- The Washington Times - Sunday, May 6, 2007

Wind gusts of up to 55 mph yesterday morning canceled the annual Chesapeake Bay Bridge Walk.

The event has brought as many as 40,000 to 60,000 people for the 4.3-mile walk along the eastbound bridge span from the Eastern to the Western Shore.

The cancellation kept the eastbound and westbound spans open as usual for motorists. However, drivers of tractor-trailers and other large vehicles were cautioned about the sudden, powerful gusts.

The northerly winds also prompted the Coast Guard station in Baltimore to issue a gale-force wind warning.

The sustained 35 mph winds created surflike 4- to 7-foot swells in the Bay, Coast Guard officials said. At 7 a.m., 45 mph gusts also pushed high waves around the Thomas Point lighthouse, which is about six miles south of the bridge, said Calvin Meadows, a National Weather Service meteorologist.

Bay Bridge administrator Sharon Lechowicz said the 2007 bridge walk will not be rescheduled. Traditionally, the walk occurs on the first Sunday of May.

The winds were less powerful in the D.C. region and diminished to about 15 mph by the afternoon.

That allowed about 3,000 runners to huff and puff through a 26.2-mile marathon in Frederick, Md.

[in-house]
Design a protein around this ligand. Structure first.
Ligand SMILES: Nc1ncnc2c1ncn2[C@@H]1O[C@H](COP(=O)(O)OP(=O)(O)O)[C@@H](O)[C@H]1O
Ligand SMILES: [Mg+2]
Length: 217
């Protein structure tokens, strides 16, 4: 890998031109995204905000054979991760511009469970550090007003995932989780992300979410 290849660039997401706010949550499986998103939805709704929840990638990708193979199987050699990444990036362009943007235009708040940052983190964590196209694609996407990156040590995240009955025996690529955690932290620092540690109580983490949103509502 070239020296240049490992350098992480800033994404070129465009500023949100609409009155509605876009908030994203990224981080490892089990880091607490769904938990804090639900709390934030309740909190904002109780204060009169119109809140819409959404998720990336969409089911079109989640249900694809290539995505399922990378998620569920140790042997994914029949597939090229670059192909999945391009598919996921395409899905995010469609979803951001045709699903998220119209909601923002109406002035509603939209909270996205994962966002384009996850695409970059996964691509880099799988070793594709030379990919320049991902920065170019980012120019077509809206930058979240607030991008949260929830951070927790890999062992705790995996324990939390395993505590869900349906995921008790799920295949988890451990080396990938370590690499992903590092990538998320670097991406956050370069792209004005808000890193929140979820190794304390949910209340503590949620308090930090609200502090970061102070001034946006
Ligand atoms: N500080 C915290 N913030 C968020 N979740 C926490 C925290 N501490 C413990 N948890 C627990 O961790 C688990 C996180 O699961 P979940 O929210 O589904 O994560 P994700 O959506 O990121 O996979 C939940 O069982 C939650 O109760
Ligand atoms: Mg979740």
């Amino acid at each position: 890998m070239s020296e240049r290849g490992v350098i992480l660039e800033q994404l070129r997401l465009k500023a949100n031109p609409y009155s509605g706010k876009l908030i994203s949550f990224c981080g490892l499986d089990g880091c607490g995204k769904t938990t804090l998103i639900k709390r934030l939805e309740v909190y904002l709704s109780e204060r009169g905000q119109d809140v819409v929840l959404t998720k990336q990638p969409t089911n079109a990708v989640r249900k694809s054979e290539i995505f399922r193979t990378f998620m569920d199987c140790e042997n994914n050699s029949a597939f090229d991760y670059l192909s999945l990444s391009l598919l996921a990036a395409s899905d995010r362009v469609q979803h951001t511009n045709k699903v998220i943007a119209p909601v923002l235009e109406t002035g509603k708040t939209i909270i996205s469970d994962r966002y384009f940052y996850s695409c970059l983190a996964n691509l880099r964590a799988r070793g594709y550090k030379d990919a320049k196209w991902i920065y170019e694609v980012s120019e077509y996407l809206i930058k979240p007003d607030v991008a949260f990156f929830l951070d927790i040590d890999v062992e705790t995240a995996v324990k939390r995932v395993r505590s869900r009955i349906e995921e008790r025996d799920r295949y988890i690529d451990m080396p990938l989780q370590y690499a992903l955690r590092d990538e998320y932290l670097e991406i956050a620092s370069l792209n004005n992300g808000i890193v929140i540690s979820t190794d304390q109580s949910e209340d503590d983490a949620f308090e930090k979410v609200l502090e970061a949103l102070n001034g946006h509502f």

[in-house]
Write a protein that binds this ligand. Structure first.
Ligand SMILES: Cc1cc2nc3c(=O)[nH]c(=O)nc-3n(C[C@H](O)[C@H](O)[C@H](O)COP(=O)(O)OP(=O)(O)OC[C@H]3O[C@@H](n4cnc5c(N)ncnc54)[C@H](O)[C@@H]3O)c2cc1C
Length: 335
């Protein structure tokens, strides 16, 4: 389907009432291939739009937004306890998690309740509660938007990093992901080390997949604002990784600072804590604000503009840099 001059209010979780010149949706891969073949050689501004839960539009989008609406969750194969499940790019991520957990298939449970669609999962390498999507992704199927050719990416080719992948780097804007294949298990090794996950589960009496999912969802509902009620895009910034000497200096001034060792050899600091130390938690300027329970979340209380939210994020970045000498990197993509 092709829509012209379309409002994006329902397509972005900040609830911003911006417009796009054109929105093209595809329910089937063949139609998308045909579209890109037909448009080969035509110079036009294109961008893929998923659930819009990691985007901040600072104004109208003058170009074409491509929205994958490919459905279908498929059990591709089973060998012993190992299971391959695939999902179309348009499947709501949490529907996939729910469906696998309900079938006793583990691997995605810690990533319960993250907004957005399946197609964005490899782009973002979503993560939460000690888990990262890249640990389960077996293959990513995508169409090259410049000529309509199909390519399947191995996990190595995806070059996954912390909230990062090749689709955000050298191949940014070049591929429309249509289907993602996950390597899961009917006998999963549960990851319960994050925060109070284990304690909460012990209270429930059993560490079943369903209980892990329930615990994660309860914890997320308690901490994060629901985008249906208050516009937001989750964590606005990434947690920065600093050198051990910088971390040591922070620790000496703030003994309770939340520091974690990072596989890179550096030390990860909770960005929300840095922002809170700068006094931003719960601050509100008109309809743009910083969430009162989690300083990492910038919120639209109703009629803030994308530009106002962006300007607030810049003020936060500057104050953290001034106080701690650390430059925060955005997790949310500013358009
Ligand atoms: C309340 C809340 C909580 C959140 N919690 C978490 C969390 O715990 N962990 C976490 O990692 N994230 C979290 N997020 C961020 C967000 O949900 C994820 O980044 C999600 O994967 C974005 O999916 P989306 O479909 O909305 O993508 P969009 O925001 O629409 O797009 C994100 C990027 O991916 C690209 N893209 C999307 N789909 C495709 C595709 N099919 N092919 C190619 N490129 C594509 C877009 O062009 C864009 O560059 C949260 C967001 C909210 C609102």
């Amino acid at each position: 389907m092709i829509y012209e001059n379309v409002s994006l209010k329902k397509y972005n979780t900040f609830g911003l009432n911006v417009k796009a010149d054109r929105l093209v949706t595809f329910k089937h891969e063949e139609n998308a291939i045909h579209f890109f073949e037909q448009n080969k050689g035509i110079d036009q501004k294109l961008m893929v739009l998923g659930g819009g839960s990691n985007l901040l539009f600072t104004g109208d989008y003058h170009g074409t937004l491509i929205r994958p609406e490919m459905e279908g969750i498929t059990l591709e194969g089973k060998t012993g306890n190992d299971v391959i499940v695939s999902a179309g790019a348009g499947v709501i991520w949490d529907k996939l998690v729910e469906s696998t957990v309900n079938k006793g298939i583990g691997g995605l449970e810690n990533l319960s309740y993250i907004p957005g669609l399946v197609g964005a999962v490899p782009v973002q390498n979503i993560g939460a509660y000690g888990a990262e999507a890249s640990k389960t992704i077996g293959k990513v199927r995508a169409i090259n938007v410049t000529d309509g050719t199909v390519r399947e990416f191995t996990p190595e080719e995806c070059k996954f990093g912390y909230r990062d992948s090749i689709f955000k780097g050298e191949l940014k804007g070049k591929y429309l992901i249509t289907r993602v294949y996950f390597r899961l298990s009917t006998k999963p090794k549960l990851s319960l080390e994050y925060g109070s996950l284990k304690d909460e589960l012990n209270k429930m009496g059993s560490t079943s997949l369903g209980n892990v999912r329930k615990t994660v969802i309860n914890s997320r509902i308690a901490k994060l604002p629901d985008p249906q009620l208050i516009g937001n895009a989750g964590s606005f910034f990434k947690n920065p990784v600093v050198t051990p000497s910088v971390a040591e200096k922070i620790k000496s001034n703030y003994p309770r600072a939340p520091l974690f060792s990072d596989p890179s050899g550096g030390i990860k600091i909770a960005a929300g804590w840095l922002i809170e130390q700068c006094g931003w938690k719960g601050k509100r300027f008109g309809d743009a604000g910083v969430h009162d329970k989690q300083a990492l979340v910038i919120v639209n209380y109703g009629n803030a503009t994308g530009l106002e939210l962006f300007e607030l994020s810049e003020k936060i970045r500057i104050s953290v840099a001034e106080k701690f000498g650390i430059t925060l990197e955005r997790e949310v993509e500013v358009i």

The wind knocked down a big tree in the morning along Massachusetts Avenue Northwest, near the Naval Observatory, according to the Metropolitan Police Department. Officials said the tree was cleared shortly after noon.

The wind was more like a breeze for participants in the annual Avon Walk and the Race for Hope in the District.

The walk, with headquarters at Sligo Middle School in Silver Spring, consisted of a 26-mile run or walk for 3,100 participants on Saturday and 13 miles yesterday. This was its fifth year, and it raised $7.4 million to help fight breast cancer, said Susan Heaney, spokeswoman for the Avon Foundation.

About 7,000 runners were in the five-kilometer race or the children’s one-kilometer Race for Hope, at Freedom Plaza, to encourage donations to treat and cure brain tumors and brain cancer.

“The wind had no effect,” said volunteer Joshua Weinberg, whose father died from a brain tumor. “It was a great success.”

n This article is based in part on wire service reports.

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